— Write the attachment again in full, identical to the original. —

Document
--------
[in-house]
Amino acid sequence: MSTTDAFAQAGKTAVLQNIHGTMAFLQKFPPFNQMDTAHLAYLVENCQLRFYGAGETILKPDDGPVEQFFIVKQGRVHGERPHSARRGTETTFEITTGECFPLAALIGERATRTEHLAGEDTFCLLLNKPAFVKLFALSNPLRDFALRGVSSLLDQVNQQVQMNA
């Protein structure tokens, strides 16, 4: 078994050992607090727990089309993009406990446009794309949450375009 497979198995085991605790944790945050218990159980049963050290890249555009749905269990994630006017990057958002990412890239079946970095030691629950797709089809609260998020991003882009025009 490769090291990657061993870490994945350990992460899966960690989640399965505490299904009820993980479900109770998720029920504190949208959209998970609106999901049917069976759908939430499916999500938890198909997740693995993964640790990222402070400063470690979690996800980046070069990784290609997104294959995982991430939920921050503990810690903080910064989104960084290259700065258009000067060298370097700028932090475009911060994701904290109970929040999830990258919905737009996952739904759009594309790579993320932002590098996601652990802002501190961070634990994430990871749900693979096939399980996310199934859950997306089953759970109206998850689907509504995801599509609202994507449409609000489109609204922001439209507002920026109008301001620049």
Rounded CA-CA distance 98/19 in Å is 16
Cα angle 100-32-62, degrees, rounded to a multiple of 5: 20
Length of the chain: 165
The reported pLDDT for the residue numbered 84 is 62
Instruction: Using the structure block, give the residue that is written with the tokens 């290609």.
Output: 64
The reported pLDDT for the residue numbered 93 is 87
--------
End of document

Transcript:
[in-house]
Amino acid sequence: MSTTDAFAQAGKTAVLQNIHGTMAFLQKFPPFNQMDTAHLAYLVENCQLRFYGAGETILKPDDGPVEQFFIVKQGRVHGERPHSARRGTETTFEITTGECFPLAALIGERATRTEHLAGEDTFCLLLNKPAFVKLFALSNPLRDFALRGVSSLLDQVNQQVQMNA
């Protein structure tokens, strides 16, 4: 078994050992607090727990089309993009406990446009794309949450375009 497979198995085991605790944790945050218990159980049963050290890249555009749905269990994630006017990057958002990412890239079946970095030691629950797709089809609260998020991003882009025009 490769090291990657061993870490994945350990992460899966960690989640399965505490299904009820993980479900109770998720029920504190949208959209998970609106999901049917069976759908939430499916999500938890198909997740693995993964640790990222402070400063470690979690996800980046070069990784290609997104294959995982991430939920921050503990810690903080910064989104960084290259700065258009000067060298370097700028932090475009911060994701904290109970929040999830990258919905737009996952739904759009594309790579993320932002590098996601652990802002501190961070634990994430990871749900693979096939399980996310199934859950997306089953759970109206998850689907509504995801599509609202994507449409609000489109609204922001439209507002920026109008301001620049």
Rounded CA-CA distance 98/19 in Å is 16
Cα angle 100-32-62, degrees, rounded to a multiple of 5: 20
Length of the chain: 165
The reported pLDDT for the residue numbered 84 is 62
Instruction: Using the structure block, give the residue that is written with the tokens 């290609």.
Output: 64
The reported pLDDT for the residue numbered 93 is 87